Lovecraft Country (HBO Max)
Written by Misha Green, Wes Taylor, Jonathan I. Kidd, Sonya Winton-Odamtten, Kevin Lau, Shannon Houston, and Ihuoma Ofordire
Directed by Yann Demange, Daniel Sackheim, Victoria Mahoney, Cheryl Dunye, Helen Shaver, Charlotte Sieling, Misha Green, Jeffrey Nachmanoff, and Nelson McCormick
Back in 2017, I read & reviewed Matt Ruff’s novel, Lovecraft Country. My main take away is how I didn’t feel that the book lived up to the title, barely connecting its narrative to horror tropes associated with author H.P. Lovecraft. I think the exploration of ties between the Black experience in America, the racism woven throughout Lovecraft’s work, and the cosmic horror he presents are all ingredients for something that could be incredibly special. My thoughts were that I hoped the pending HBO series would find a way to deliver on the promise of the book, mainly because the showrunners were Black. Sadly, Lovecraft fizzled out in the same way as the novel.
Atticus Freeman returns to Chicago after serving in the Korean War. He finds his father, Montrose, has gone missing and retraces the old man’s path with Uncle George and his childhood friend Leticia’s help. They end up in Ardham, Massachusetts, where Atticus discovers he is the descendant of a powerful sorcerer and is one of the last of his bloodline. That gives the young veteran a lot of power in the secret circles of magic. Horror in a variety of forms enters the lives of Atticus and those he loves. It becomes clear that Atticus must submit to his destiny and take on those who seek to do him and his family harm by using magic back against them.
The series, much like the books, loses its focus as the episodes go on, and so it becomes hard to feel emotionally invested in the characters. The show felt way too much like True Blood for my liking, with garish over the top horror, rather than moody, atmospheric horror I expect when you call something “Lovecraft.” Besides the main plot about the cult, there isn’t very much here I associate with the author. Lovecraft evokes immense cosmic horrors that cause dread, facing something beyond your capacity to fight it, so you must submit and allow it to wash over you, typically ending in insanity. I think The Color Out of Space nailed how Lovecraft stories feel the type of horror you are up against.
Lovecraft Country opts for a pulpy style, not really my personal taste, but I know some people like that. However, it veers into boring allegorical territory once the opening two episodes are passed, with a monster of the week type of structure. Everything is some sort of fable for being Black in America, which could be really good if handled less didactically. I’ve recently read some takes from Black media writers about this series and the film Antebellum who said they are feeling fatigued by the constant framing of Black life in America as a horror experience. They posit that, while some of these interpretations are clever, they also are reductive and exhausting for Black people to see so frequently. Instead, they propose horror media that feature Black characters without always having to present their community’s real trauma as fodder for monster movies.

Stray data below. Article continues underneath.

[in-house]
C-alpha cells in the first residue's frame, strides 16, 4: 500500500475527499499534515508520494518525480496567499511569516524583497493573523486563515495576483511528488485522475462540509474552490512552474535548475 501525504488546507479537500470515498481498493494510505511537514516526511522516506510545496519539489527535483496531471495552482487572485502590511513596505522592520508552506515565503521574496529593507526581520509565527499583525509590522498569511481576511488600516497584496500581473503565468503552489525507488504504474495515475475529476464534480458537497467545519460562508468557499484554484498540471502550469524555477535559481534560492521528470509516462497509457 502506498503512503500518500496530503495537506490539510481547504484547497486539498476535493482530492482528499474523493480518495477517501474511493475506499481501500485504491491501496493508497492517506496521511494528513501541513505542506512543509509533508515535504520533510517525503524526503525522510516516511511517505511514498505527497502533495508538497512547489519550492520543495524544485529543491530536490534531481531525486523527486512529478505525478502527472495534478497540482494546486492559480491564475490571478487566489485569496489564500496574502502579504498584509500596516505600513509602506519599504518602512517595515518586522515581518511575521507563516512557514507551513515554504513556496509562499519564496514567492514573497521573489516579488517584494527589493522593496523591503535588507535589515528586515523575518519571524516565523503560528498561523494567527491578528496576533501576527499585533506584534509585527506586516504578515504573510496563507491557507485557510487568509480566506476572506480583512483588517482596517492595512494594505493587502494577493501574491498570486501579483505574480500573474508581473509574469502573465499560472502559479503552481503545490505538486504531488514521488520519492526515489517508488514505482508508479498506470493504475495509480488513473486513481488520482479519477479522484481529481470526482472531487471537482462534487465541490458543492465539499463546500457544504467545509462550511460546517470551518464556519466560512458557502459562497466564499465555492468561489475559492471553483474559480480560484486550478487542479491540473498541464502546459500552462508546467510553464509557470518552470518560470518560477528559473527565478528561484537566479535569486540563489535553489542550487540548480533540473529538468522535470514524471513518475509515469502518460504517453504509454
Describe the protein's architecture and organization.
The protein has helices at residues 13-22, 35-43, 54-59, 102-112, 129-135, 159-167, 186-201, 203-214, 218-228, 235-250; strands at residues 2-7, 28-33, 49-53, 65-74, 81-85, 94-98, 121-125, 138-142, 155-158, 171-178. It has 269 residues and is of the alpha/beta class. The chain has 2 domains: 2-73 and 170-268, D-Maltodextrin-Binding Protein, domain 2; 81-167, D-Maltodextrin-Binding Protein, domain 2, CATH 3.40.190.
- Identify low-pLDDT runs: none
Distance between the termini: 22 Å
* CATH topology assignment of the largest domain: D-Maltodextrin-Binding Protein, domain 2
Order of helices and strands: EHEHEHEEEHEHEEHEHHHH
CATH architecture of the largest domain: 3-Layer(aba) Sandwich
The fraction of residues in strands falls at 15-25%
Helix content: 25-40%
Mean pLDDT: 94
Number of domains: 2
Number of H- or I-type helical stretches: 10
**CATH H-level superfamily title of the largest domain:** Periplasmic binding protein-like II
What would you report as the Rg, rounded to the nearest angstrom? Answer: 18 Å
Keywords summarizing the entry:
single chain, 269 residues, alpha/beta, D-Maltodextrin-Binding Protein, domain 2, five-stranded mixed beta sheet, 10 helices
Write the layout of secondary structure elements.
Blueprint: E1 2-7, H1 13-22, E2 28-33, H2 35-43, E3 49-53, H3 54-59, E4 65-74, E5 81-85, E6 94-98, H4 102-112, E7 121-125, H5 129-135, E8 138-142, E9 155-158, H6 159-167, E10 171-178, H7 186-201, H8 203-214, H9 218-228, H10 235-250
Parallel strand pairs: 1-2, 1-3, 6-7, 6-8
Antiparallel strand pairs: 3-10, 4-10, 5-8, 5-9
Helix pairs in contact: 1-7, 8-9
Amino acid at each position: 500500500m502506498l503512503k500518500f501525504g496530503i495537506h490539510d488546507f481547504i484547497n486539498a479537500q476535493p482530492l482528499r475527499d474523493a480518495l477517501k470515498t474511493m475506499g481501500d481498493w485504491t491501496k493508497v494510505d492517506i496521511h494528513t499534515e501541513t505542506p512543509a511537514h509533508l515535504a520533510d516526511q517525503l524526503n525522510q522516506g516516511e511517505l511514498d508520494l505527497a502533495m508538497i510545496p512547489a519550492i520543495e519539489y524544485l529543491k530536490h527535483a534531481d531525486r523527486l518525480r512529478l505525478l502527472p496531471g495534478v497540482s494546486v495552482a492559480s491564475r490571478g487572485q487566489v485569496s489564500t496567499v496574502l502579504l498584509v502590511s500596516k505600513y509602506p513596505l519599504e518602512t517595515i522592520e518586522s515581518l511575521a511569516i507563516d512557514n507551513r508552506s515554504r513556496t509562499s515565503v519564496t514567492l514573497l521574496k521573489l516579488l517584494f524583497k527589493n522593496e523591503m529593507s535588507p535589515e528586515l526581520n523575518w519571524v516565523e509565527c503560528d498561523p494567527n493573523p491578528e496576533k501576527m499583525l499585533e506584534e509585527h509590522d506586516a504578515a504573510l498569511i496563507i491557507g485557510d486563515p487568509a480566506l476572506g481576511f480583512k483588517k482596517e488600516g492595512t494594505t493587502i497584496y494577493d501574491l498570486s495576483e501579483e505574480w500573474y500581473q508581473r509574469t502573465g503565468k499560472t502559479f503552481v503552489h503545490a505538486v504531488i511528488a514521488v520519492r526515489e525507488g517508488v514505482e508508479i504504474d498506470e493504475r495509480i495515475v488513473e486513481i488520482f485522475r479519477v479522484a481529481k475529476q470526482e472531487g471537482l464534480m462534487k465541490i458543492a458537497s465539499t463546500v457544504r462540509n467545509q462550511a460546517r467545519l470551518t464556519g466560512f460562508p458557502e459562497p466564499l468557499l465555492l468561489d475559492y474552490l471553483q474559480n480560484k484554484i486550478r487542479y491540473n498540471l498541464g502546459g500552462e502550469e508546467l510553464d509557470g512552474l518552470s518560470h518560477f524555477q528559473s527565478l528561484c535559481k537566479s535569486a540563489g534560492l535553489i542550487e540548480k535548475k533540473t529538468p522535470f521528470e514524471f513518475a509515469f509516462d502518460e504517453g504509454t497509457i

I never felt like the things Lovecraft Country presented ever paid off or felt like they said something meaningful beyond the obvious. I applaud the representation that Lovecraft Country offers, but it’s a show I don’t plan on revisiting in the second season, and I found myself slogging through most of this. There are brilliant ideas, the monstrous Pickaninny Twins that haunt Atticus’s teenage cousin Diana are a tremendous visual, but they don’t ever clearly mesh with the overall narrative. The strange geography underneath Leticia’s house is another weird detail I just eat up. But then the presentation of a supernatural trans character who is murdered by one of the good guys and then no fallout occurs doesn’t sit well with me. Lovecraft Country is overflowing with ideas; it’s just a shame they don’t show strong cohesion or amount to an overall strong narrative.